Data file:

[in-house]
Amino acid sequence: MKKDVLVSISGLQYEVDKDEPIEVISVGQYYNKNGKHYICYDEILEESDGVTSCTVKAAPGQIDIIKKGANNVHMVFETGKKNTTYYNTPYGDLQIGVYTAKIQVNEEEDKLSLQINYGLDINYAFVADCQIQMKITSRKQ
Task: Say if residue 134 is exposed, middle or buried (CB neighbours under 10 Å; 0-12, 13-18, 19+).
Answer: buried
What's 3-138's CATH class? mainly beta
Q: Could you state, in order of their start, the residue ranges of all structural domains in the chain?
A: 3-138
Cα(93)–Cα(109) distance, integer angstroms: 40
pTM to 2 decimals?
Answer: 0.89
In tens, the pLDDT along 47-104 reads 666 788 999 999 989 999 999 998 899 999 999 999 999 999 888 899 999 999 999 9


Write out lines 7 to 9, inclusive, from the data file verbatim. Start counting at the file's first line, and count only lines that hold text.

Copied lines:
A: 3-138
Cα(93)–Cα(109) distance, integer angstroms: 40
pTM to 2 decimals?